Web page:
today heckled the father of a 6-year-old Sandy Hook victim at a state hearing. "When Neil Heslin, who was holding a picture of his deceased son, Jesse Lewis, during his testimony, asked the state senate why Bushmaster-type assault rifles should be legal, several gun enthusiasts in the audience reportedly shouted him down, yelling 'The Second Amendment!'" Somehow he kept his composure.
Earlier: In a gut-wrenching story just posted, NYT talks to seven Newtown police officers, some for the first time, about what they found after they entered the school in Sandy Hook. And after they found two teachers and entered the classroom... It's a story that should never be repeated. But will be if things don't change (see heckling above).
One thing to keep in mind in reading this: The teachers and staffers, behind locked doors, refused to let the cops in, fearing they were bad guys and officers had to rip hinges off to get in some rooms. If the teachers had been armed--would they have blasted the rescuers, who were in a frenzy, when they started banging on the doors and yelling?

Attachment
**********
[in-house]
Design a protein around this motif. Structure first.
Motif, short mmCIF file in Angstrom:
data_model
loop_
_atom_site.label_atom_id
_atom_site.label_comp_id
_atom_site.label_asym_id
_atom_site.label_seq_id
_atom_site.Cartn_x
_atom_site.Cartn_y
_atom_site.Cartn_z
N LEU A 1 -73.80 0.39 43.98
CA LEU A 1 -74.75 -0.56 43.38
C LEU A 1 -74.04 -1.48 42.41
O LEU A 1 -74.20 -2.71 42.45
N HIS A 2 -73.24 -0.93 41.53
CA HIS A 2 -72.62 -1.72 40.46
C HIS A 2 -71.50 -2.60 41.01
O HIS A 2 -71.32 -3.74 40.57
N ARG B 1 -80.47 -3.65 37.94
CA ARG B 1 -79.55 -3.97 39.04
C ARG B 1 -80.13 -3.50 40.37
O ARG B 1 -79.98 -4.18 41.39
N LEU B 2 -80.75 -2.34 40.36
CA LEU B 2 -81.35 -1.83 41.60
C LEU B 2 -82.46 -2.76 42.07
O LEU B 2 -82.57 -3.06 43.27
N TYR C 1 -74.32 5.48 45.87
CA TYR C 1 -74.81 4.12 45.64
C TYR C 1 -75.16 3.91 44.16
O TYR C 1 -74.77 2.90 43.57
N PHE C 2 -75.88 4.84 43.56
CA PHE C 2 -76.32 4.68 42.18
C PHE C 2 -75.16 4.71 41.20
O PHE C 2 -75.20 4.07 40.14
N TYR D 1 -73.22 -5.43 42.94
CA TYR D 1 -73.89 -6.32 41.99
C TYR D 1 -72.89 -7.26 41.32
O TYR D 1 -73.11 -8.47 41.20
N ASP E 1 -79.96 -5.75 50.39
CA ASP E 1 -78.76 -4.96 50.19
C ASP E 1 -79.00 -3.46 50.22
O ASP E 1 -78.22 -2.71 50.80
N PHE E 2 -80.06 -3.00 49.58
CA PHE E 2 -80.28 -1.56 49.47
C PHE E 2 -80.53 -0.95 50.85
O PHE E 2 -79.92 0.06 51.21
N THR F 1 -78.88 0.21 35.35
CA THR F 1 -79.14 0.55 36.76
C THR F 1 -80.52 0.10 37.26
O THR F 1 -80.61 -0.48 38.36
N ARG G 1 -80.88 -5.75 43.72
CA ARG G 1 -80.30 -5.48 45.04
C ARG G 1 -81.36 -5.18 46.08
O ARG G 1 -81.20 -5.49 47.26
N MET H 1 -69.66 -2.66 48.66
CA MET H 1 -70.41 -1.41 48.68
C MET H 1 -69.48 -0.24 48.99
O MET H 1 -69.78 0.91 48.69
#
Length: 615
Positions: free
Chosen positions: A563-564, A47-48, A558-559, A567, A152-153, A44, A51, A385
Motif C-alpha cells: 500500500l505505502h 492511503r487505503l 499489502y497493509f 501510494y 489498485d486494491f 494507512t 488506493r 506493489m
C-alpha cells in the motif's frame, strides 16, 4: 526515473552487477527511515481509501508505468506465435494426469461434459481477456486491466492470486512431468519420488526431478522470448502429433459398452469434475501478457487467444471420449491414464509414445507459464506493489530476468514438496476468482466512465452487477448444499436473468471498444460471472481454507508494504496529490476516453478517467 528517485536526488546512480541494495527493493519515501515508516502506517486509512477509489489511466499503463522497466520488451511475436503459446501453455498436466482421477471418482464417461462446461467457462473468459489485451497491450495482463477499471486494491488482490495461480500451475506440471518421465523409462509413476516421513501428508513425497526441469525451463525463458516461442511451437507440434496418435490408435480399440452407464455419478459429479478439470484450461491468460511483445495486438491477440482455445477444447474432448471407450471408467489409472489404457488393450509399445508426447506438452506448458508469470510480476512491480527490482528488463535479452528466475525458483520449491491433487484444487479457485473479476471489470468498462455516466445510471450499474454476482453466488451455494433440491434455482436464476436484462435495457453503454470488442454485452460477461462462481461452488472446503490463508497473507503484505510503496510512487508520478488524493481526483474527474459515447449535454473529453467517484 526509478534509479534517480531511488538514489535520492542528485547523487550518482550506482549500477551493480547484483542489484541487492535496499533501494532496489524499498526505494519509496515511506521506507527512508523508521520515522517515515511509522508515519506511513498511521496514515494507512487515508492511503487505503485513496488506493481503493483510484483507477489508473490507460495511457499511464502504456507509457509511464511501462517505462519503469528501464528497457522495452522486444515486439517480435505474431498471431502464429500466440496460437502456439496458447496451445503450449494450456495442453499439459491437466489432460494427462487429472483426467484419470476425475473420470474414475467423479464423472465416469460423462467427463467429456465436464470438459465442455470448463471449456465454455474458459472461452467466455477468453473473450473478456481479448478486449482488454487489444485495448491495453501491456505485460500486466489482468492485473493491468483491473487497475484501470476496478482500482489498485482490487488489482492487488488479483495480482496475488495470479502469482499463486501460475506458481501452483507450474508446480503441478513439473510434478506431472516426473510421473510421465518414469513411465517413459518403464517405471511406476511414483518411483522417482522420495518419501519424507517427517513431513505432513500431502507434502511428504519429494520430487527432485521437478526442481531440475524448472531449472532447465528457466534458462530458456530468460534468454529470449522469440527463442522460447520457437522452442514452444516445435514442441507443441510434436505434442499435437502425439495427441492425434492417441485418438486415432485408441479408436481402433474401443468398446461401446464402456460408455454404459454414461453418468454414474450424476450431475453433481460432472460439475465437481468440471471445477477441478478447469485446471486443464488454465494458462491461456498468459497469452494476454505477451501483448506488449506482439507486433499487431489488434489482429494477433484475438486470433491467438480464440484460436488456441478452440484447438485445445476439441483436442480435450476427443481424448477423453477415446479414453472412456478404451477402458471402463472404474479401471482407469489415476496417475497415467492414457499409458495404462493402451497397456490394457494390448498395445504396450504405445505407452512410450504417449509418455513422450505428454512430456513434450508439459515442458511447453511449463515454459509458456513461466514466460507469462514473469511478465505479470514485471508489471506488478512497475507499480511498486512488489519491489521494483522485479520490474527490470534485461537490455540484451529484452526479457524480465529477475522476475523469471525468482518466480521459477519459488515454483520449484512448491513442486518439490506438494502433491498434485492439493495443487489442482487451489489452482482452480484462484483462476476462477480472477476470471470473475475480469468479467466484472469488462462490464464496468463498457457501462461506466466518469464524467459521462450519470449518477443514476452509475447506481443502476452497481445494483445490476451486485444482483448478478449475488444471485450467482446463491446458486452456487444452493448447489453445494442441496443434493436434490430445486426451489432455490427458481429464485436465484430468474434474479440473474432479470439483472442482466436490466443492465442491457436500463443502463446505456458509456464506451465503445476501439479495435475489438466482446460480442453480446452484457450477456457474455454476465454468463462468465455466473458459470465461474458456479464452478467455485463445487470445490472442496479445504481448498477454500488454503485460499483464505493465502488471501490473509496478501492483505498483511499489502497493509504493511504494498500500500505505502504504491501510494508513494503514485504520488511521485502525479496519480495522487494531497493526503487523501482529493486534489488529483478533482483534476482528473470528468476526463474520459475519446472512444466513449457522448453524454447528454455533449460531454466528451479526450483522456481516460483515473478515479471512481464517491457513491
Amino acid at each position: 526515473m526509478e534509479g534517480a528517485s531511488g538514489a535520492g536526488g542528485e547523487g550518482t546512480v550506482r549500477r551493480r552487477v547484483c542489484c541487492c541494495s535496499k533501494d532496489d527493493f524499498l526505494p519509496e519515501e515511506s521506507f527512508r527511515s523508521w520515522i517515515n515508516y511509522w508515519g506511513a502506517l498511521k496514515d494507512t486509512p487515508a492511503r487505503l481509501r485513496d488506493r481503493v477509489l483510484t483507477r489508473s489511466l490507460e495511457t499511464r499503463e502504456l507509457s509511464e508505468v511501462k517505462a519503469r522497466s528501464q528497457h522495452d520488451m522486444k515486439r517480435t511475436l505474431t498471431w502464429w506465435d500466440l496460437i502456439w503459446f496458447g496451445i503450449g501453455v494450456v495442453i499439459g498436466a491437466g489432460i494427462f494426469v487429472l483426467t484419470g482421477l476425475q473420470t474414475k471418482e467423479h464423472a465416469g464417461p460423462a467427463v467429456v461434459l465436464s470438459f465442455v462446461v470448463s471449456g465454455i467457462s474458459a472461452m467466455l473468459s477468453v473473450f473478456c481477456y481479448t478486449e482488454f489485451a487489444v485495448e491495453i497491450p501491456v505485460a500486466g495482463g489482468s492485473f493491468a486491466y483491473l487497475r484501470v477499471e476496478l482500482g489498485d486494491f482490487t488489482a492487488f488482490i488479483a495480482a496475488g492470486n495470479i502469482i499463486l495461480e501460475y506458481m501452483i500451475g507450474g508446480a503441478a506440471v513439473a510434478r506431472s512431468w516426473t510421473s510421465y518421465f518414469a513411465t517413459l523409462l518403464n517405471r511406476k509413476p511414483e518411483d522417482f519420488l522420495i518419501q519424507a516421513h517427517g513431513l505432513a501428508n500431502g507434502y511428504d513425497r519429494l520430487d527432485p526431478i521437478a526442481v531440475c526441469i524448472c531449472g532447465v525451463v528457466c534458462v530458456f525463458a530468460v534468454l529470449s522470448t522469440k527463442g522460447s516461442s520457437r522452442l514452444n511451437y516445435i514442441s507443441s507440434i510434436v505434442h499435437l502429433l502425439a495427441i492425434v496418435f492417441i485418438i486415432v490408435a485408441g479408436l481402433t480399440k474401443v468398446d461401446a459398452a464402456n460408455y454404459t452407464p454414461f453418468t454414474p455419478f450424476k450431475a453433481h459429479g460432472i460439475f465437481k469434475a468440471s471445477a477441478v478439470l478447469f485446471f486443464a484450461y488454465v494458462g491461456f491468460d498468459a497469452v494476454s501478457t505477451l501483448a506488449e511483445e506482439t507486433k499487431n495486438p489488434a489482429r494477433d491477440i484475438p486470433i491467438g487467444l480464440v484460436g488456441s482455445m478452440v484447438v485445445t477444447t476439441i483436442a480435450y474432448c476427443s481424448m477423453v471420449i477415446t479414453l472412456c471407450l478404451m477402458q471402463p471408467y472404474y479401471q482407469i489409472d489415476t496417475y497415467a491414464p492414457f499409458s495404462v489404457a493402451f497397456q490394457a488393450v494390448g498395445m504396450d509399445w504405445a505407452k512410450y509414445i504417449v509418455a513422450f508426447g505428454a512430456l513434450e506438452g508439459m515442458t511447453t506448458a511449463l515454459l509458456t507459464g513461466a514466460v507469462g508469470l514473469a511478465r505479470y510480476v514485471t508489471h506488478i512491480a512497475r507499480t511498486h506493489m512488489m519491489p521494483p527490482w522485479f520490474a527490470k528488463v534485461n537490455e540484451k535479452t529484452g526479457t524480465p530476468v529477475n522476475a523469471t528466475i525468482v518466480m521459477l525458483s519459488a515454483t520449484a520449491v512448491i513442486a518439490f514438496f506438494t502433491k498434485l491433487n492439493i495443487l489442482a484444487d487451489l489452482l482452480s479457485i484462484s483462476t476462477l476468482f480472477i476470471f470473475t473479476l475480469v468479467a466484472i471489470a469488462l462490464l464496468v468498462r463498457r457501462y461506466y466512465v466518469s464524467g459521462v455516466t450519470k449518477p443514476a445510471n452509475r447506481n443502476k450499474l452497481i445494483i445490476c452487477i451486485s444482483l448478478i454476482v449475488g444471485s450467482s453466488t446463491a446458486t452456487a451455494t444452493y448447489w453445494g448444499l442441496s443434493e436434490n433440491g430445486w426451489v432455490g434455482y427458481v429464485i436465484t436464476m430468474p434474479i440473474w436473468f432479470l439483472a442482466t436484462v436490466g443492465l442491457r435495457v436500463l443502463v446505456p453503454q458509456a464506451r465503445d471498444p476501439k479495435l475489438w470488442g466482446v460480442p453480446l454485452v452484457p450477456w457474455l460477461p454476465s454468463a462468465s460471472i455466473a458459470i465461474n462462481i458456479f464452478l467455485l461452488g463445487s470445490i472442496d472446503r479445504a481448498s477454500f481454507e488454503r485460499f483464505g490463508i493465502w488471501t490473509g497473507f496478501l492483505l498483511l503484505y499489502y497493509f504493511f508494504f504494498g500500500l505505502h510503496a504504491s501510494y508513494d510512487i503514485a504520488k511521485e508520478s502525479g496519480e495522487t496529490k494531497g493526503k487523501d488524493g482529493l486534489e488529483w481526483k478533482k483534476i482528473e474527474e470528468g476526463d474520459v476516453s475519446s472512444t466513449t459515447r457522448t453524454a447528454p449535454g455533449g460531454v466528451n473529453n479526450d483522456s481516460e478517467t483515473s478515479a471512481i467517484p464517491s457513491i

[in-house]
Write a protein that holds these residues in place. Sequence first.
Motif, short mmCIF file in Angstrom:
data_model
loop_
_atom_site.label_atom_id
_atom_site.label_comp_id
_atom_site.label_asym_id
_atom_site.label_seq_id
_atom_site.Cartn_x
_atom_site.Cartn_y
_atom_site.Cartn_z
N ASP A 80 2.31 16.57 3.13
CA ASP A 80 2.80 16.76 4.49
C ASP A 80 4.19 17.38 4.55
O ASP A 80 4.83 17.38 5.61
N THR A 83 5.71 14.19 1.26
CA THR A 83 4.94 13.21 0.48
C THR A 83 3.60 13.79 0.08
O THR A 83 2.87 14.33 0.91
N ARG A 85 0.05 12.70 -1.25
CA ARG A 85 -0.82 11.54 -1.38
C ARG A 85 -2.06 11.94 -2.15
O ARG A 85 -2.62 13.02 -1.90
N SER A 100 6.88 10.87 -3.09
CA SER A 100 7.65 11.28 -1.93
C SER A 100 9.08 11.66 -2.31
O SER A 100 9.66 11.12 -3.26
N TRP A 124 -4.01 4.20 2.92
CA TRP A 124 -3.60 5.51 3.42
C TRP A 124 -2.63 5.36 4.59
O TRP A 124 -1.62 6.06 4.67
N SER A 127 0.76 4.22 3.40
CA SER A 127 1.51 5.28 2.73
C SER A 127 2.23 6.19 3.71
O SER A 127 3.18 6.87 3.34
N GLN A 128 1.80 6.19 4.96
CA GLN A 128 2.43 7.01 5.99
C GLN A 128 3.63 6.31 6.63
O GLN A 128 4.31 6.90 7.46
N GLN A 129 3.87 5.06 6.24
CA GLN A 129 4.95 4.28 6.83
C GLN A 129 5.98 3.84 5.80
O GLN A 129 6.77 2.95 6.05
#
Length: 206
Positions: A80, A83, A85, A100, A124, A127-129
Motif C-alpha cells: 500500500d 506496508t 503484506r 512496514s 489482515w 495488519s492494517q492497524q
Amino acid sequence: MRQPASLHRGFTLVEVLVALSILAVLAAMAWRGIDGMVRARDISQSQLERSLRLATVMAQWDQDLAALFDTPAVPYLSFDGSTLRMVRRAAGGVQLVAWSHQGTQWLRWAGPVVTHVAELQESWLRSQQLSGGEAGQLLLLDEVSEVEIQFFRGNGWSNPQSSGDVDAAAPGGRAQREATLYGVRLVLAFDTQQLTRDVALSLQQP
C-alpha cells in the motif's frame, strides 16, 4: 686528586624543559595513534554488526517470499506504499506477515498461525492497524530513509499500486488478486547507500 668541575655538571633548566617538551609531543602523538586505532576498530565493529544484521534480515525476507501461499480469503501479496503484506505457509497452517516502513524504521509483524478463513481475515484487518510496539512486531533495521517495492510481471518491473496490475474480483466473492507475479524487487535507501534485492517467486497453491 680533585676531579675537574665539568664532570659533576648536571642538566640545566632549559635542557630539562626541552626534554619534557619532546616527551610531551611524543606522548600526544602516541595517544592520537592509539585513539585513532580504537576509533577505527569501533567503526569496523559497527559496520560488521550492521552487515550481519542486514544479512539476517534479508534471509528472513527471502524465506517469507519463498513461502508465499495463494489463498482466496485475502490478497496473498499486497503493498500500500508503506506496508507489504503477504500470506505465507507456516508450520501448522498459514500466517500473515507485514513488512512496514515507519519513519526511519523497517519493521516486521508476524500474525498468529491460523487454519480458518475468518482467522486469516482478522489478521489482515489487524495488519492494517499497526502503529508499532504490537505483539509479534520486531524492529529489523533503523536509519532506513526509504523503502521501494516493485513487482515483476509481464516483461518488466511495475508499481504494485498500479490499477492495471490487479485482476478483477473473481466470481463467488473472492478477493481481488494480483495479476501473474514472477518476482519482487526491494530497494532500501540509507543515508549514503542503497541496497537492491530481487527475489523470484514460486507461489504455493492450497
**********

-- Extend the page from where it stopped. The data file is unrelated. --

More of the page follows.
The stories also reveal the deep stress that lingers for officers who, until Dec. 14, had focused their energies on maintaining order in a low-crime corner of suburbia. Some can barely sleep. Little things can set off tears: a television show, a child’s laughter, even the piles of gifts the Police Department received from across the country.
Does America care? I've tried to bring national attention to the recent murders in Albuquerque, when a kid easily took rifles from unlocked closet and killed mom and dad and three very young siblings--two of them younger than any that died at Sandy Hook. But no one seems to care.One detective, who was driving with his wife and two sons, passed a roadside memorial on Route 25 two weeks after the shooting, and began sobbing uncontrollably. “I just lost it right there, I couldn’t even drive,” the detective, Jason Frank, said.